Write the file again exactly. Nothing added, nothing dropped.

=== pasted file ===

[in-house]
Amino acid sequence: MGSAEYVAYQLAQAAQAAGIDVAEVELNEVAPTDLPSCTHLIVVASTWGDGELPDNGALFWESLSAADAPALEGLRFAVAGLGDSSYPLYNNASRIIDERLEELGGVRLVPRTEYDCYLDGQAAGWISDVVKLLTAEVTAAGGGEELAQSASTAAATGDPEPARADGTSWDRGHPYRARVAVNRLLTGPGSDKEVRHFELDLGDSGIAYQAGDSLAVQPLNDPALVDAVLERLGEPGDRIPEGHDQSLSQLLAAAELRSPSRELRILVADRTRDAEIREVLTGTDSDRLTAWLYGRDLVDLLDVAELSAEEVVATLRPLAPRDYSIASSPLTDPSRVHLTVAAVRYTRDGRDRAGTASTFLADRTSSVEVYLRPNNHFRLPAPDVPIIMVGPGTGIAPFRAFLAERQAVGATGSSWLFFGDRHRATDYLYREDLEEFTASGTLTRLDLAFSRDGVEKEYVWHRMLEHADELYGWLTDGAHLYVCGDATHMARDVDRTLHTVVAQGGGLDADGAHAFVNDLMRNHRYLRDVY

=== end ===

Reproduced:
[in-house]
Amino acid sequence: MGSAEYVAYQLAQAAQAAGIDVAEVELNEVAPTDLPSCTHLIVVASTWGDGELPDNGALFWESLSAADAPALEGLRFAVAGLGDSSYPLYNNASRIIDERLEELGGVRLVPRTEYDCYLDGQAAGWISDVVKLLTAEVTAAGGGEELAQSASTAAATGDPEPARADGTSWDRGHPYRARVAVNRLLTGPGSDKEVRHFELDLGDSGIAYQAGDSLAVQPLNDPALVDAVLERLGEPGDRIPEGHDQSLSQLLAAAELRSPSRELRILVADRTRDAEIREVLTGTDSDRLTAWLYGRDLVDLLDVAELSAEEVVATLRPLAPRDYSIASSPLTDPSRVHLTVAAVRYTRDGRDRAGTASTFLADRTSSVEVYLRPNNHFRLPAPDVPIIMVGPGTGIAPFRAFLAERQAVGATGSSWLFFGDRHRATDYLYREDLEEFTASGTLTRLDLAFSRDGVEKEYVWHRMLEHADELYGWLTDGAHLYVCGDATHMARDVDRTLHTVVAQGGGLDADGAHAFVNDLMRNHRYLRDVY